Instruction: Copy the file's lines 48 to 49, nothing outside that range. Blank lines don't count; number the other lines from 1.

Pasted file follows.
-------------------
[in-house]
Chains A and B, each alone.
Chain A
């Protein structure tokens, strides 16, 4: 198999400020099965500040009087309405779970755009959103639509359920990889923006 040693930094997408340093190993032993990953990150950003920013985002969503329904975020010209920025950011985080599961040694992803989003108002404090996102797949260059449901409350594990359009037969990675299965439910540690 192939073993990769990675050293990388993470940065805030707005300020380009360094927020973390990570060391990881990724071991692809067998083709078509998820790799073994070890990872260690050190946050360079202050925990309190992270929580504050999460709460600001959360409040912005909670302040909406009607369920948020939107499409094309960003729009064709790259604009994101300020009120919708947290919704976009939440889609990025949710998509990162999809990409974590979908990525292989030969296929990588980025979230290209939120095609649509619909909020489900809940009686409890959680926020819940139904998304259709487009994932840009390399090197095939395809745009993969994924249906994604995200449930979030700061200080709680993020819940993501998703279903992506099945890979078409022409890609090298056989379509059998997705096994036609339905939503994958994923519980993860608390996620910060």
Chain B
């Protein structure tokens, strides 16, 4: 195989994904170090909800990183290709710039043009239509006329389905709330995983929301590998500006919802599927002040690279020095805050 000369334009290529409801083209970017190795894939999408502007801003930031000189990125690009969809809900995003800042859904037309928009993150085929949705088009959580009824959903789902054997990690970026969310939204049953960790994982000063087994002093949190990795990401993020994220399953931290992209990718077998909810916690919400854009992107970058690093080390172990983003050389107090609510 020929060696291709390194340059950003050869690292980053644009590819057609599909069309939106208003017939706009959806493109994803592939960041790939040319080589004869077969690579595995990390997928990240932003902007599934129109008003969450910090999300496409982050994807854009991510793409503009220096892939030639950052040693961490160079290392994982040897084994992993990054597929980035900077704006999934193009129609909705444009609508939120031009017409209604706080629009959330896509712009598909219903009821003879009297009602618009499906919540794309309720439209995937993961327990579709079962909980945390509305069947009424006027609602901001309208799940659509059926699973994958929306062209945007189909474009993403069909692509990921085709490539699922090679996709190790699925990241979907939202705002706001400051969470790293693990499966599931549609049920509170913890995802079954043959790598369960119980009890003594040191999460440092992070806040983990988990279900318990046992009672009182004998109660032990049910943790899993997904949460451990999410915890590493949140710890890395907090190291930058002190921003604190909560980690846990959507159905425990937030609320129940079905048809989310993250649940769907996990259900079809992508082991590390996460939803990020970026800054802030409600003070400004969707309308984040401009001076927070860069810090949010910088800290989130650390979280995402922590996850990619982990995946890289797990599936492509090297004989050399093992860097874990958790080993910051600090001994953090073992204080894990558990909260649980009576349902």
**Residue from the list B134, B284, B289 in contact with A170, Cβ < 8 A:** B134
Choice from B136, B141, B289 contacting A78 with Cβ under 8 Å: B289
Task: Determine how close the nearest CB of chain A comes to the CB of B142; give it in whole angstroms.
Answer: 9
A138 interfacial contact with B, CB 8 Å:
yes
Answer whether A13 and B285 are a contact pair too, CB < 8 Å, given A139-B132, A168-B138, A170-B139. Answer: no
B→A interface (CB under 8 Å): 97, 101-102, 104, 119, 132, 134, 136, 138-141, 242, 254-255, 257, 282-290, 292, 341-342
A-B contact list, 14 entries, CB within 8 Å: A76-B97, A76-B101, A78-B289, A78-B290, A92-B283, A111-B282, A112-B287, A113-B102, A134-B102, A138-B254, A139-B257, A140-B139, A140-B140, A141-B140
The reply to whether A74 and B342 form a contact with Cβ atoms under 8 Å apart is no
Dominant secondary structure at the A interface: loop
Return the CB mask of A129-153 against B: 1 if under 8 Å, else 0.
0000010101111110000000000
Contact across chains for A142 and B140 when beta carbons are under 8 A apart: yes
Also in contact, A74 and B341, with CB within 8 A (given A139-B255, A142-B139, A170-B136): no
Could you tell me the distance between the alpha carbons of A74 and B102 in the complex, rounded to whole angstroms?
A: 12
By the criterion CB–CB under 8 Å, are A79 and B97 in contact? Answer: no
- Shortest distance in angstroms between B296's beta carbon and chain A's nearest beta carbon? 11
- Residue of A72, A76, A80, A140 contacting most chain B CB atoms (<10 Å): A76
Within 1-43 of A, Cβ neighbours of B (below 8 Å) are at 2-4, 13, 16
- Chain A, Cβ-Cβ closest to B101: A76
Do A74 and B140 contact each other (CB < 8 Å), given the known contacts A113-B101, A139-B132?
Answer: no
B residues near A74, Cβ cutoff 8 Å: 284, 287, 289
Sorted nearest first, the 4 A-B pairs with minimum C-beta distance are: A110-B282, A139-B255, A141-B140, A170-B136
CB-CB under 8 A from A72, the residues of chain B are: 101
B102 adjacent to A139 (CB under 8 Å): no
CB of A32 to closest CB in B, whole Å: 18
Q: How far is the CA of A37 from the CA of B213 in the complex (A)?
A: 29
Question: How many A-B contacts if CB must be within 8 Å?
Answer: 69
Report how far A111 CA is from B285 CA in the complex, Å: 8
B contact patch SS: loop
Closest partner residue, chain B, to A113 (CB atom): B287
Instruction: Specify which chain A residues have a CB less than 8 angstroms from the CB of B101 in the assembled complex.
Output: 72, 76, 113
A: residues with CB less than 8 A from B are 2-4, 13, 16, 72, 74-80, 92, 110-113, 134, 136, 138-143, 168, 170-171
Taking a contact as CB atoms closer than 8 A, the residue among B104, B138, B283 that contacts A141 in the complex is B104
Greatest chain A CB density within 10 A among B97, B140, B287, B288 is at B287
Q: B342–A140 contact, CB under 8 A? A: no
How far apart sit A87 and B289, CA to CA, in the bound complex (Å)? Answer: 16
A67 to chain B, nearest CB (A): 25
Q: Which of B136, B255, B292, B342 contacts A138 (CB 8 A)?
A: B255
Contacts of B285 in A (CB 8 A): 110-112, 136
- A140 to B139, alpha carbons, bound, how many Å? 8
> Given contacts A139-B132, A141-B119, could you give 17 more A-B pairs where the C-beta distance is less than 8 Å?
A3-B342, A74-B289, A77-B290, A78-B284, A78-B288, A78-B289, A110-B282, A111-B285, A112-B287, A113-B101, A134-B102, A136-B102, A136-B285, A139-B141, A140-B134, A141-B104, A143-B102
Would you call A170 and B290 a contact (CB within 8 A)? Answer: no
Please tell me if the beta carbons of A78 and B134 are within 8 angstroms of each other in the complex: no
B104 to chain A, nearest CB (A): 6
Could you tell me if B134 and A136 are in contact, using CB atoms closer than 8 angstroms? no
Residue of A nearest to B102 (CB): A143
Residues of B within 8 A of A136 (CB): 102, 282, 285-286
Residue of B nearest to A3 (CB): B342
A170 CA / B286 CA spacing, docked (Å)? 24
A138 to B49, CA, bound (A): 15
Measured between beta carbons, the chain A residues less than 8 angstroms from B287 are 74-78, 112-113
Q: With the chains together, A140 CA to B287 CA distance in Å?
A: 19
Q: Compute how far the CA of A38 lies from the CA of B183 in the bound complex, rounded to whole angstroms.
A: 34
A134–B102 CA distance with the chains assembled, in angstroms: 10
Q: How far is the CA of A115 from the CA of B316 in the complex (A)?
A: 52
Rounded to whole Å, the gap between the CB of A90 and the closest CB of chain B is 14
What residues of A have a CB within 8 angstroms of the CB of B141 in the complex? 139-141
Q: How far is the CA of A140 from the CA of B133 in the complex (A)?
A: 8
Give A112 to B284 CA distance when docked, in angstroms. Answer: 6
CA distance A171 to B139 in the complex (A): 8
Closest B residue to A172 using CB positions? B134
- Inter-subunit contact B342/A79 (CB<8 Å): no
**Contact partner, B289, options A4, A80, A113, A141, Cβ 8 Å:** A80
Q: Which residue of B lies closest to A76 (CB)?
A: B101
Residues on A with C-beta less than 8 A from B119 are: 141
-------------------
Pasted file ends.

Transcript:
Q: B342–A140 contact, CB under 8 A? A: no
How far apart sit A87 and B289, CA to CA, in the bound complex (Å)? Answer: 16